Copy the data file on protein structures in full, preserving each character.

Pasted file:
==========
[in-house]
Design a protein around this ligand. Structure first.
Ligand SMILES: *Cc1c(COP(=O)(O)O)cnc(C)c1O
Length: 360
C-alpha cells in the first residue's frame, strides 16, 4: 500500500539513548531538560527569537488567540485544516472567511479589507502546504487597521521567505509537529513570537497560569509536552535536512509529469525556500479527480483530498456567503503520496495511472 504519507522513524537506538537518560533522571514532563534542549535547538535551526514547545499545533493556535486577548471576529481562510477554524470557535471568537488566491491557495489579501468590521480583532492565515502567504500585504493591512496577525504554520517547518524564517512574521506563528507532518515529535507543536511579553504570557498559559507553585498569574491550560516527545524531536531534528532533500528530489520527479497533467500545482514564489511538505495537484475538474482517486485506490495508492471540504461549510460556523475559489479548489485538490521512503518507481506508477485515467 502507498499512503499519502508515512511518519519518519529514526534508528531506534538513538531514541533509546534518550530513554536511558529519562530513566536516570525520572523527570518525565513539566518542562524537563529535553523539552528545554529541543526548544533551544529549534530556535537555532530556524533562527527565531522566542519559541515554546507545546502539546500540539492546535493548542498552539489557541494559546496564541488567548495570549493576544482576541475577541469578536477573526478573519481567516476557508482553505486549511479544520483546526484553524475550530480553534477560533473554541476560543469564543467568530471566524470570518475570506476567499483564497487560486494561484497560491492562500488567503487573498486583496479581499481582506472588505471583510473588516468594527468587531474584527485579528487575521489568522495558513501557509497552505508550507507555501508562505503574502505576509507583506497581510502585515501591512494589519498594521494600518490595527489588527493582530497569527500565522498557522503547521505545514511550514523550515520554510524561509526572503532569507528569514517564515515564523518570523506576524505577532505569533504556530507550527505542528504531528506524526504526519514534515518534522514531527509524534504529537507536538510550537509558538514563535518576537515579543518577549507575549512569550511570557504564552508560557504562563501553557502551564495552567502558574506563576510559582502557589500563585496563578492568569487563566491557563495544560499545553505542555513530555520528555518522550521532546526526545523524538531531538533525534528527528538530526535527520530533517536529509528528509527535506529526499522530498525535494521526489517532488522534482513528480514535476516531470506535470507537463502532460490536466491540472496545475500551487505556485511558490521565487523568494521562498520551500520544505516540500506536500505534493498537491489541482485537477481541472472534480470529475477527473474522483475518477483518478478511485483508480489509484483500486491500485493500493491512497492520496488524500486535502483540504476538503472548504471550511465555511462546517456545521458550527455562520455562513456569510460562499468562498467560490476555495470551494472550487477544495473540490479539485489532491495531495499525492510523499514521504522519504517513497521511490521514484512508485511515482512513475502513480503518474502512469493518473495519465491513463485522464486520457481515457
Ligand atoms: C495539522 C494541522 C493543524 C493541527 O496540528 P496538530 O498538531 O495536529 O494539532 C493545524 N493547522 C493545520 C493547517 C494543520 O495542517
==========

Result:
[in-house]
Design a protein around this ligand. Structure first.
Ligand SMILES: *Cc1c(COP(=O)(O)O)cnc(C)c1O
Length: 360
C-alpha cells in the first residue's frame, strides 16, 4: 500500500539513548531538560527569537488567540485544516472567511479589507502546504487597521521567505509537529513570537497560569509536552535536512509529469525556500479527480483530498456567503503520496495511472 504519507522513524537506538537518560533522571514532563534542549535547538535551526514547545499545533493556535486577548471576529481562510477554524470557535471568537488566491491557495489579501468590521480583532492565515502567504500585504493591512496577525504554520517547518524564517512574521506563528507532518515529535507543536511579553504570557498559559507553585498569574491550560516527545524531536531534528532533500528530489520527479497533467500545482514564489511538505495537484475538474482517486485506490495508492471540504461549510460556523475559489479548489485538490521512503518507481506508477485515467 502507498499512503499519502508515512511518519519518519529514526534508528531506534538513538531514541533509546534518550530513554536511558529519562530513566536516570525520572523527570518525565513539566518542562524537563529535553523539552528545554529541543526548544533551544529549534530556535537555532530556524533562527527565531522566542519559541515554546507545546502539546500540539492546535493548542498552539489557541494559546496564541488567548495570549493576544482576541475577541469578536477573526478573519481567516476557508482553505486549511479544520483546526484553524475550530480553534477560533473554541476560543469564543467568530471566524470570518475570506476567499483564497487560486494561484497560491492562500488567503487573498486583496479581499481582506472588505471583510473588516468594527468587531474584527485579528487575521489568522495558513501557509497552505508550507507555501508562505503574502505576509507583506497581510502585515501591512494589519498594521494600518490595527489588527493582530497569527500565522498557522503547521505545514511550514523550515520554510524561509526572503532569507528569514517564515515564523518570523506576524505577532505569533504556530507550527505542528504531528506524526504526519514534515518534522514531527509524534504529537507536538510550537509558538514563535518576537515579543518577549507575549512569550511570557504564552508560557504562563501553557502551564495552567502558574506563576510559582502557589500563585496563578492568569487563566491557563495544560499545553505542555513530555520528555518522550521532546526526545523524538531531538533525534528527528538530526535527520530533517536529509528528509527535506529526499522530498525535494521526489517532488522534482513528480514535476516531470506535470507537463502532460490536466491540472496545475500551487505556485511558490521565487523568494521562498520551500520544505516540500506536500505534493498537491489541482485537477481541472472534480470529475477527473474522483475518477483518478478511485483508480489509484483500486491500485493500493491512497492520496488524500486535502483540504476538503472548504471550511465555511462546517456545521458550527455562520455562513456569510460562499468562498467560490476555495470551494472550487477544495473540490479539485489532491495531495499525492510523499514521504522519504517513497521511490521514484512508485511515482512513475502513480503518474502512469493518473495519465491513463485522464486520457481515457
Ligand atoms: C495539522 C494541522 C493543524 C493541527 O496540528 P496538530 O498538531 O495536529 O494539532 C493545524 N493547522 C493545520 C493547517 C494543520 O495542517